Business World

Tuesday 23 January 2018

Greece named ‘most corrupt’ EU nation but Ireland’s reputation also takes a battering

Gareth Jones

Greece has been named the most corrupt country in the EU but Ireland’s ranking has also worsened, according to a new study of ‘perceived graft’ at official level.

Ireland slipped to 25th in 2012 from 19th last year in the global index of least state sector corruption, published by watchdog Transparency International (TI) today, putting us behind the likes of Uruguay.

Berlin-based TI urged European and other governments to try much harder to turn promises of fighting graft into action in areas such as public tenders, political party financing and tax evasion.

"The results of the survey should be a warning signal for the EU to require more information and accountability from its member states," said TI's EU analyst Jana Mittermaier, adding that this should apply also to current efforts to establish European banking oversight.

Weak or inefficient judicial systems, poor public audit services and cosy ties between government and business all contribute to perceptions of corruption in some European countries, she said.

TI's index, which this year ranks 176 countries, measures perceptions of graft rather than actual levels due to the secrecy that surrounds most corrupt dealings.

Greece took 94th place, below the poorer, newer democracies such as Bulgaria and Romania. Italy was placed 72nd, just ahead of Bulgaria at 75th but behind Romania on 66th.

In the 2011 index, Greece was 80th with Bulgaria scoring worst among the EU nations in 86th place.

Greeks have long complained about corruption but anger has soared, particularly about tax evasion among the rich, as the government has imposed wave after wave of austerity that the country's international lenders have demanded.

The EU has kept Bulgaria and Romania out of its Schengen zone, which allows passport-free travel between member states, due to concerns about corruption. A recent study showed Bulgarians gave about 150,000 bribes to civil servants every month last year, more than in 2010.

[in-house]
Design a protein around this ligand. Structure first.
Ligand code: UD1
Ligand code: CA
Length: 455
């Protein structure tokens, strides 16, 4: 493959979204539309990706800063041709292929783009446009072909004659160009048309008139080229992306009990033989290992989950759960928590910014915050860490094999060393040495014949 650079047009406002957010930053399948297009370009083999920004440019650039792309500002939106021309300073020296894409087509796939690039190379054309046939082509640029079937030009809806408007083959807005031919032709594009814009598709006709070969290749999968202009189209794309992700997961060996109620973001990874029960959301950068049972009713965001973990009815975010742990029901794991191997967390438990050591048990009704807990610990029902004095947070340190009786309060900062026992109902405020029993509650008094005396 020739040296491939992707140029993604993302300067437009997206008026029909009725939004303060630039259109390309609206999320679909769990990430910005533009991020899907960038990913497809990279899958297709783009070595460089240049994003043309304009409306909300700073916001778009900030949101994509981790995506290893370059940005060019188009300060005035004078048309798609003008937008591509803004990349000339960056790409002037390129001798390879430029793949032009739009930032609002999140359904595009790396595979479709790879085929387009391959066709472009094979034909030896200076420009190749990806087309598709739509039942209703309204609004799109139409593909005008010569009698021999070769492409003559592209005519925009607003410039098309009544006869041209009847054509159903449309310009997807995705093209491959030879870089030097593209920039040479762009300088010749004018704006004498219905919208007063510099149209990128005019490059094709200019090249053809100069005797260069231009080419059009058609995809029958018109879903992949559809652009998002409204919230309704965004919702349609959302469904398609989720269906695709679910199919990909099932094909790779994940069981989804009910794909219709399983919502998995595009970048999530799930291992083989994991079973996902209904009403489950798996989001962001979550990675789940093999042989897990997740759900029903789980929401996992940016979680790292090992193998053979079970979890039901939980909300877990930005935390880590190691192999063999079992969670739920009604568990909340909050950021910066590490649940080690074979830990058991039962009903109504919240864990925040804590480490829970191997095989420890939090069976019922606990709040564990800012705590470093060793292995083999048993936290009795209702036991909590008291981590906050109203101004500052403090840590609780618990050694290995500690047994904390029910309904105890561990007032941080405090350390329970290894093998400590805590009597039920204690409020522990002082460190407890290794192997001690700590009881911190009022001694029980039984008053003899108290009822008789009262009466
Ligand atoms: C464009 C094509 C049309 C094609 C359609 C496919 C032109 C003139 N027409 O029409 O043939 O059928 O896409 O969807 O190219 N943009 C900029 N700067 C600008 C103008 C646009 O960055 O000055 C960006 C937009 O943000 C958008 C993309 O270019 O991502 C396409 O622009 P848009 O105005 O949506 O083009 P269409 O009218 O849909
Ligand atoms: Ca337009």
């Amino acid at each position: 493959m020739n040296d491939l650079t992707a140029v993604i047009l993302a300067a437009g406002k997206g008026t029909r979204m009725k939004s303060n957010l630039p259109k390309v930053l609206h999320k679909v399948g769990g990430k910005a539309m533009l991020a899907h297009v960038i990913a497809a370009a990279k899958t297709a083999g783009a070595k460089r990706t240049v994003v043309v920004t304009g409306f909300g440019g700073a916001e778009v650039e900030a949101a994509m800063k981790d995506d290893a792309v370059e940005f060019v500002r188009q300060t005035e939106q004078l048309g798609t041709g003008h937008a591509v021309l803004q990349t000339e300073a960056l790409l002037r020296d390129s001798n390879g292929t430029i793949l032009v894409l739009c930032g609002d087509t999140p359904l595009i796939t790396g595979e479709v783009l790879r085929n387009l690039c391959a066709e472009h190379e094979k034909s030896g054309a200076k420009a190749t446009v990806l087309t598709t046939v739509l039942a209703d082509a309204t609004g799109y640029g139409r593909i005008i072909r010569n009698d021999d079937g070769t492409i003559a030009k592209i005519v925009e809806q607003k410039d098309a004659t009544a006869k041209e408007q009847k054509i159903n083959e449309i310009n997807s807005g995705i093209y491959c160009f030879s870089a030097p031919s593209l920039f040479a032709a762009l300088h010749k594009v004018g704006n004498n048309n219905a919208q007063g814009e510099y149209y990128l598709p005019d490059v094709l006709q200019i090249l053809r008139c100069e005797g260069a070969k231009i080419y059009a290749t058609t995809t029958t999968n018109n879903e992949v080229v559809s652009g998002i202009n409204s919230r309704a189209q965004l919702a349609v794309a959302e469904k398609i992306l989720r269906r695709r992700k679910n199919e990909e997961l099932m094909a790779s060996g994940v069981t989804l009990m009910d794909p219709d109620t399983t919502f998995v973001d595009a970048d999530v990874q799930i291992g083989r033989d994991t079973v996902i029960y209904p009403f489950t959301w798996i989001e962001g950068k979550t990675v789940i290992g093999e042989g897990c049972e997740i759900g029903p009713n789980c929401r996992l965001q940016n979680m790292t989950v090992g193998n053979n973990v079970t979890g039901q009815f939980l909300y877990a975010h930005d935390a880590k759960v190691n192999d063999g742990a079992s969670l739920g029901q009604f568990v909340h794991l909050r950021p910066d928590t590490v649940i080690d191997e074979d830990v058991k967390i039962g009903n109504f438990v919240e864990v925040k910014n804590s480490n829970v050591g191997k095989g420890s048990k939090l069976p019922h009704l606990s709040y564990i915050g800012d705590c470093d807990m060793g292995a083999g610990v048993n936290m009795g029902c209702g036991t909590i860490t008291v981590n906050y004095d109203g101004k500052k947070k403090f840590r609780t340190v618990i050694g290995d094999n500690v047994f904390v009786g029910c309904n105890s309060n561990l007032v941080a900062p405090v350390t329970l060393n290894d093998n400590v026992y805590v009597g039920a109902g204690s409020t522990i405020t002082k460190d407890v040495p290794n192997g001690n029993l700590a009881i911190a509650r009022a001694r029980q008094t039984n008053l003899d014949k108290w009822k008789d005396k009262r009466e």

Portugal was placed 33 in the table.

TI cautioned that the 2012 rankings did not entirely reflect relatively recent developments such as the advent of a reform-minded Italian government because some of the research shaping the index dated back more than a year.

TI said there was a stronger public recognition worldwide, including in big emerging "BRIC" economies such as China and Brazil, of the costs of corruption and a growing refusal to accept it as an inevitable fact of life.

"Today corruption is the world's most talked about social problem. It is very positive that people around the world are demanding more accountability... This could be a big game changer," TI Managing Director Cobus de Swardt said.

New Zealand, Denmark and Finland vied for the overall top slot as being perceived as the least corrupt countries, while Somalia, North Korea and Afghanistan shared last place.

Among the major global economies, the United States ranked 19, up from 24, Germany was at 13, up from 14, Japan and Britain tied for 17th place and France was at 22, up from 25 last year.

Swardt said it was worrying that two thirds of all countries surveyed ranked below 50 on TI's new scale where 100 is perceived as most clean and 0 most corrupt. "It is widely recognised today that high levels of corruption in the public sector have hampered the global economic recovery," he said.

Corruption has become a hot political issue fuelling protests from China and Russia to the Arab world.

China saw its ranking slip to 80 from 75 last year, but Swardt said the Beijing leadership showed a greater understanding of the dangers of ignoring corruption, including among Chinese companies operating both at home and abroad.

Last month, state media quoted Communist Party chief Xi Jinping as saying that if corruption was allowed to run wild, the Communist Party risked major unrest and the collapse of its rule.

Swardt drew comparisons with standards in the Organisation for Economic Cooperation and Development, which groups wealthy nations. "We have seen a criminalisation of bribery to the standards of the OECD," he said.

"The Chinese used to say their companies could not be held to rich country standards because they needed to catch up, but now they realise tackling this is in their own interests."

But tackling corruption in a lasting way required allowing ordinary citizens the power to scrutinise public services and institutions, he added.

Elsewhere among the so-called BRICs, Swardt said Russia's new restrictions on non-governmental organisations would make it harder to monitor and check corruption. Russia ranks 133rd in the 2012 global rankings, up from 143 last year.

With Russia taking on the rotating presidency of the Group of 20 leading economies, Moscow should try to "lead by example and not by the lowest common denominator in terms of bribery", Swardt said.

Political will has a big role to play in determining whether a country moves up or down the corruption rankings, Swardt said. "Those countries stuck at the bottom are often those where political elites are very unwilling to tackle the issues in a serious manner," he said.

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